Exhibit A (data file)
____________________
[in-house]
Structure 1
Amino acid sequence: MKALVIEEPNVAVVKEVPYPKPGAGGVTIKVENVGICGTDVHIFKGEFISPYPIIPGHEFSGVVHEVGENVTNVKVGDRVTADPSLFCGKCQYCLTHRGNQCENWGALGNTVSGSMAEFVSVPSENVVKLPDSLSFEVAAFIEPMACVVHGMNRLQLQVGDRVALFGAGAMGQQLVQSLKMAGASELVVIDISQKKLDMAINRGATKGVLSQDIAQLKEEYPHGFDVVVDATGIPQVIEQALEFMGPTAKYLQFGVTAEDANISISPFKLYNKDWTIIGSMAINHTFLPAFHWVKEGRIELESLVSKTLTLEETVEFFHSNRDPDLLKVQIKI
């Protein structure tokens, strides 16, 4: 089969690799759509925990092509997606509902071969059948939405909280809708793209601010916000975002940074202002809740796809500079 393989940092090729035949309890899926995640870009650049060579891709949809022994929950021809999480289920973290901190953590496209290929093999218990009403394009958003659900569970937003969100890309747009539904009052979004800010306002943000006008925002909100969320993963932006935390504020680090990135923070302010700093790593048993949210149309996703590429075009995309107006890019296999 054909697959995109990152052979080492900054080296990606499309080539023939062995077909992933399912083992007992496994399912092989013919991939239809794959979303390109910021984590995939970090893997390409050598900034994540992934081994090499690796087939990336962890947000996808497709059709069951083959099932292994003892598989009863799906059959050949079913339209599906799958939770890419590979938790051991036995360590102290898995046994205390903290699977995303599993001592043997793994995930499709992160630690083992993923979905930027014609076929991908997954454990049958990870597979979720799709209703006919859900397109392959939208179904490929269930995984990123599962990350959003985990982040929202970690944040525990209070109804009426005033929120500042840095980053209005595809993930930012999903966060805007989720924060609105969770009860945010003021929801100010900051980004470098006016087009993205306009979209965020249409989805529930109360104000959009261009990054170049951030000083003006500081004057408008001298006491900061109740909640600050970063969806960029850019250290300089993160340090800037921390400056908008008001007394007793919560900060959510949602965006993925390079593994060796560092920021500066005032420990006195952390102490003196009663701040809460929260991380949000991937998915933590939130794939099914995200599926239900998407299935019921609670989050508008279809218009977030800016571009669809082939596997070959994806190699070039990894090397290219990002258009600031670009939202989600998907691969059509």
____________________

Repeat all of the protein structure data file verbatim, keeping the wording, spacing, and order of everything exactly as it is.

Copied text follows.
[in-house]
Structure 1
Amino acid sequence: MKALVIEEPNVAVVKEVPYPKPGAGGVTIKVENVGICGTDVHIFKGEFISPYPIIPGHEFSGVVHEVGENVTNVKVGDRVTADPSLFCGKCQYCLTHRGNQCENWGALGNTVSGSMAEFVSVPSENVVKLPDSLSFEVAAFIEPMACVVHGMNRLQLQVGDRVALFGAGAMGQQLVQSLKMAGASELVVIDISQKKLDMAINRGATKGVLSQDIAQLKEEYPHGFDVVVDATGIPQVIEQALEFMGPTAKYLQFGVTAEDANISISPFKLYNKDWTIIGSMAINHTFLPAFHWVKEGRIELESLVSKTLTLEETVEFFHSNRDPDLLKVQIKI
């Protein structure tokens, strides 16, 4: 089969690799759509925990092509997606509902071969059948939405909280809708793209601010916000975002940074202002809740796809500079 393989940092090729035949309890899926995640870009650049060579891709949809022994929950021809999480289920973290901190953590496209290929093999218990009403394009958003659900569970937003969100890309747009539904009052979004800010306002943000006008925002909100969320993963932006935390504020680090990135923070302010700093790593048993949210149309996703590429075009995309107006890019296999 054909697959995109990152052979080492900054080296990606499309080539023939062995077909992933399912083992007992496994399912092989013919991939239809794959979303390109910021984590995939970090893997390409050598900034994540992934081994090499690796087939990336962890947000996808497709059709069951083959099932292994003892598989009863799906059959050949079913339209599906799958939770890419590979938790051991036995360590102290898995046994205390903290699977995303599993001592043997793994995930499709992160630690083992993923979905930027014609076929991908997954454990049958990870597979979720799709209703006919859900397109392959939208179904490929269930995984990123599962990350959003985990982040929202970690944040525990209070109804009426005033929120500042840095980053209005595809993930930012999903966060805007989720924060609105969770009860945010003021929801100010900051980004470098006016087009993205306009979209965020249409989805529930109360104000959009261009990054170049951030000083003006500081004057408008001298006491900061109740909640600050970063969806960029850019250290300089993160340090800037921390400056908008008001007394007793919560900060959510949602965006993925390079593994060796560092920021500066005032420990006195952390102490003196009663701040809460929260991380949000991937998915933590939130794939099914995200599926239900998407299935019921609670989050508008279809218009977030800016571009669809082939596997070959994806190699070039990894090397290219990002258009600031670009939202989600998907691969059509």